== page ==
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Tuesday, November 30, 2010

My new 101

Hailing from 1927, this is the very first model that singer made with a direct gear drive and a full rotary hook,
the innovations in this machine later became the basis for the legendary 201-2!

Monday, November 29, 2010

and then....

Ok, so I just had a mental 'breakthrough'.
I figured out, whilst in the tub, a way to work on these doll clothing that will save me time.
Let's see if it works!

This is the chrome from that Lotus 66...gorgeous!

Friday, November 26, 2010

I just picked up a 1927 Singer 101, the first of the 'potted motor' machines.
It's definitely going to need rewiring, and the cabinet it's in is in terrible terrible shape.
But I also got this 1915 66 with Lotus decals.. so that's ok!

Wednesday, November 24, 2010

this one needs a little work, and I still gotta figure out sleeves

Not as easy as it looks...

Sure, I can make doll sized versions of the outfits I design! No Problem!
...
These may fall under the category 'Famous Last Words'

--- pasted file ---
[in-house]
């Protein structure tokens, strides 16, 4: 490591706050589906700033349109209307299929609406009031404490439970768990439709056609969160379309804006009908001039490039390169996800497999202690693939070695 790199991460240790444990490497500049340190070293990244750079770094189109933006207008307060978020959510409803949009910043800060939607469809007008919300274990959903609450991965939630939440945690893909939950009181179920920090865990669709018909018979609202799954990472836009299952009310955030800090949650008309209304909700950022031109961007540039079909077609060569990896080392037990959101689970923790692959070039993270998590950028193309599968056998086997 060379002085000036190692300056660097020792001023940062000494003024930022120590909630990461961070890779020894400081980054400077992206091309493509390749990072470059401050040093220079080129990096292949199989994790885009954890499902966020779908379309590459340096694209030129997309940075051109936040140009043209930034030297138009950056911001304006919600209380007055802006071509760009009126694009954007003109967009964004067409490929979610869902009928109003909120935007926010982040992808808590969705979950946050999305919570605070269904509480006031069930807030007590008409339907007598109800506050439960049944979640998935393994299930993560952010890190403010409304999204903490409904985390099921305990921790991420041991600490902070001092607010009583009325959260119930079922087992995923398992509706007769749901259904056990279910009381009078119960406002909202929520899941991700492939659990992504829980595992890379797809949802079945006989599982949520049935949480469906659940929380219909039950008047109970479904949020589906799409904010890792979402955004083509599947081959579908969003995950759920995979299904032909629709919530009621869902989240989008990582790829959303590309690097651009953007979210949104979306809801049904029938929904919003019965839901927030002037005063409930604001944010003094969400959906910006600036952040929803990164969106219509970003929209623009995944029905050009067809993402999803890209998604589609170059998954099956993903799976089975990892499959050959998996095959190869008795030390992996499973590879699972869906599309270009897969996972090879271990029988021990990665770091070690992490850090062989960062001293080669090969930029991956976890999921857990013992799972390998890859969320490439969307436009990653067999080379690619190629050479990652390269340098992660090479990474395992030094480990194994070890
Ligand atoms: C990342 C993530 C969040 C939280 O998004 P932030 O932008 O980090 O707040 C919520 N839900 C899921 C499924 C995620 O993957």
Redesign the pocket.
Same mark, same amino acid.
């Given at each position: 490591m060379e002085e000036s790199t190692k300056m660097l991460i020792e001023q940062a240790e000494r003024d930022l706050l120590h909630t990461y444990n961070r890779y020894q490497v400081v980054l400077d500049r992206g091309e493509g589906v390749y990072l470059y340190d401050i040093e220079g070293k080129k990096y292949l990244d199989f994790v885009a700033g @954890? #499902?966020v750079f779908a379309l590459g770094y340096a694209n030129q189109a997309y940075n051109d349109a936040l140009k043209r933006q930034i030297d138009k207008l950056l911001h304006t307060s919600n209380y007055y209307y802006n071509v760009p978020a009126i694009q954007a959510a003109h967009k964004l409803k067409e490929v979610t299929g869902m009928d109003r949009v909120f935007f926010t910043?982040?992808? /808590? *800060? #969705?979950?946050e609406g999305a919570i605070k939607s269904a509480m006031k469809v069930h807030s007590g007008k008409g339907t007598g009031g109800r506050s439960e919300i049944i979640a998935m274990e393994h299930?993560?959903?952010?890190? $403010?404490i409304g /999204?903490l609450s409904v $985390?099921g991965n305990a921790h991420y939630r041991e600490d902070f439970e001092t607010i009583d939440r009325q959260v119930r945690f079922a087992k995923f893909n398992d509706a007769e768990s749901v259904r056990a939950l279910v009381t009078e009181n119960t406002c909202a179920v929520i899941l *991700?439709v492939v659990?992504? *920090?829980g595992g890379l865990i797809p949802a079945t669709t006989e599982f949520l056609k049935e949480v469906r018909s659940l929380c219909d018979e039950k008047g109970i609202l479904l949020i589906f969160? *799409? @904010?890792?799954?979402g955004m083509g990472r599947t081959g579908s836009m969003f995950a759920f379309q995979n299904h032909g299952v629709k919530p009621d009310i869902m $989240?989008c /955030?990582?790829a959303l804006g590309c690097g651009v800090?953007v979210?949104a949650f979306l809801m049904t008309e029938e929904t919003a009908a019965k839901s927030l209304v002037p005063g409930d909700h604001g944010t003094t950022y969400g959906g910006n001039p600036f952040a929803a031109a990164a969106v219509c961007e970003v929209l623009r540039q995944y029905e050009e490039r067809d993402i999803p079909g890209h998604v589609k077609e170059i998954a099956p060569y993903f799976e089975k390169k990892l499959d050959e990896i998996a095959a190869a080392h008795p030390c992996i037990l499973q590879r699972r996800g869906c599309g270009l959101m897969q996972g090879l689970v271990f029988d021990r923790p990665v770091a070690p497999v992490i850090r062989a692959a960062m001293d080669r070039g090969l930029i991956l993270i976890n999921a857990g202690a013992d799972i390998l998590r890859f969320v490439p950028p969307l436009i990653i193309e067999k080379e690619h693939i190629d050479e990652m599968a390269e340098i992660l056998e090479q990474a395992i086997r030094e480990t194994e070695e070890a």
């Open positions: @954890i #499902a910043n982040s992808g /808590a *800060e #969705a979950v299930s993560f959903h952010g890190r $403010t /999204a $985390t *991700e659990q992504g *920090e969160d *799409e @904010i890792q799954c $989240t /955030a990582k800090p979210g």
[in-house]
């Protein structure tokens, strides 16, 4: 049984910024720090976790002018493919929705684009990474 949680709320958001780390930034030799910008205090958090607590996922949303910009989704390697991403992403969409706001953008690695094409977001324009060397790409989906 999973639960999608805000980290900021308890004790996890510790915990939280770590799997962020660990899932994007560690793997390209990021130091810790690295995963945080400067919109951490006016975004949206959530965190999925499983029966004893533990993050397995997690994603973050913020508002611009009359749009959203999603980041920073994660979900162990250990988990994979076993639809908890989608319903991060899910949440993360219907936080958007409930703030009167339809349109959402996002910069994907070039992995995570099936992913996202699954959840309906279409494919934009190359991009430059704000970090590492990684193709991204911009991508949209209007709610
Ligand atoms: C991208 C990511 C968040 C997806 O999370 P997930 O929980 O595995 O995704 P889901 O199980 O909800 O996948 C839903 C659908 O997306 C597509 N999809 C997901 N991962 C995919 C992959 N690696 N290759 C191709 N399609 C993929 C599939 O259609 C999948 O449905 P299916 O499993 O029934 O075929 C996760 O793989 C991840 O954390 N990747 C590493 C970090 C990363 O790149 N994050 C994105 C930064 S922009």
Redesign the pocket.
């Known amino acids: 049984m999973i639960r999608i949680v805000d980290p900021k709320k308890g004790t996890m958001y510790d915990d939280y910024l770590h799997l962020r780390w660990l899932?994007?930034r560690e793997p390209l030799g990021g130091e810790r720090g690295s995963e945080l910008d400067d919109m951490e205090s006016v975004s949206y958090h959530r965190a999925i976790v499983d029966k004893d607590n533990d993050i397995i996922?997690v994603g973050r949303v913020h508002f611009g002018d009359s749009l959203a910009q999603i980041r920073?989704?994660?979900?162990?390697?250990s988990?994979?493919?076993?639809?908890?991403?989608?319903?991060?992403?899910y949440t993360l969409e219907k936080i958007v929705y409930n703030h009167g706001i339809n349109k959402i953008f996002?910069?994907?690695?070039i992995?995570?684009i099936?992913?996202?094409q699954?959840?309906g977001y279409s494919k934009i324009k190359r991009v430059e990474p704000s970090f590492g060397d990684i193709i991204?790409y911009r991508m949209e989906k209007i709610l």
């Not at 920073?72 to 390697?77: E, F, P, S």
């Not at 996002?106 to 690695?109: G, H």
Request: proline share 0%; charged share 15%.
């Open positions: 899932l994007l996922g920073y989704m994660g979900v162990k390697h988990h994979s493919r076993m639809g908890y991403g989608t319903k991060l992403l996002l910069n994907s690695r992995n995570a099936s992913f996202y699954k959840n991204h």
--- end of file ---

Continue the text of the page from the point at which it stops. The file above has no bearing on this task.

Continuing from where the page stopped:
The scale and lack of flexibility make this a lot harder than I originally thought!
But, I will continue to try!

Tuesday, November 23, 2010

The Machine....

This is Victoria, my main sewing machine.
She is a Singer 201-2 from 1936.

Prior to finding and rescuing this machine from certain doom, I was sewing on a Janome MemoryCraft 7000.
Now you may wonder, how do you go from a modern computerized machine that has a bajillion bells and whistles to something that predates WWII..
The answer:
She's a better machine. 
Quieter, Stronger, more reliable.
The only difference is a lack of zig zag or decorative stitching, but that can be addressed through the use of attachments, should you so desire.
Did I mention she's quiet?
There's something about sewing on a machine that you KNOW has been sewn on by generations before you that makes you feel more like a human being, gives you more a sense of the continuity of existence.



Monday, November 22, 2010

And so it begins!

Well, here goes nothing!
I'm going to use this blog to document the machines I work on and the clothing I design!
To start:
A friend of mine asked me to try my hand at making doll clothing for Japanese fashion dolls. I do most of my sewing by eye, rather than from patterns, so working on that scale is a bit of a challenge..

So here we have first attempt at a skirt and a petticoat.
:)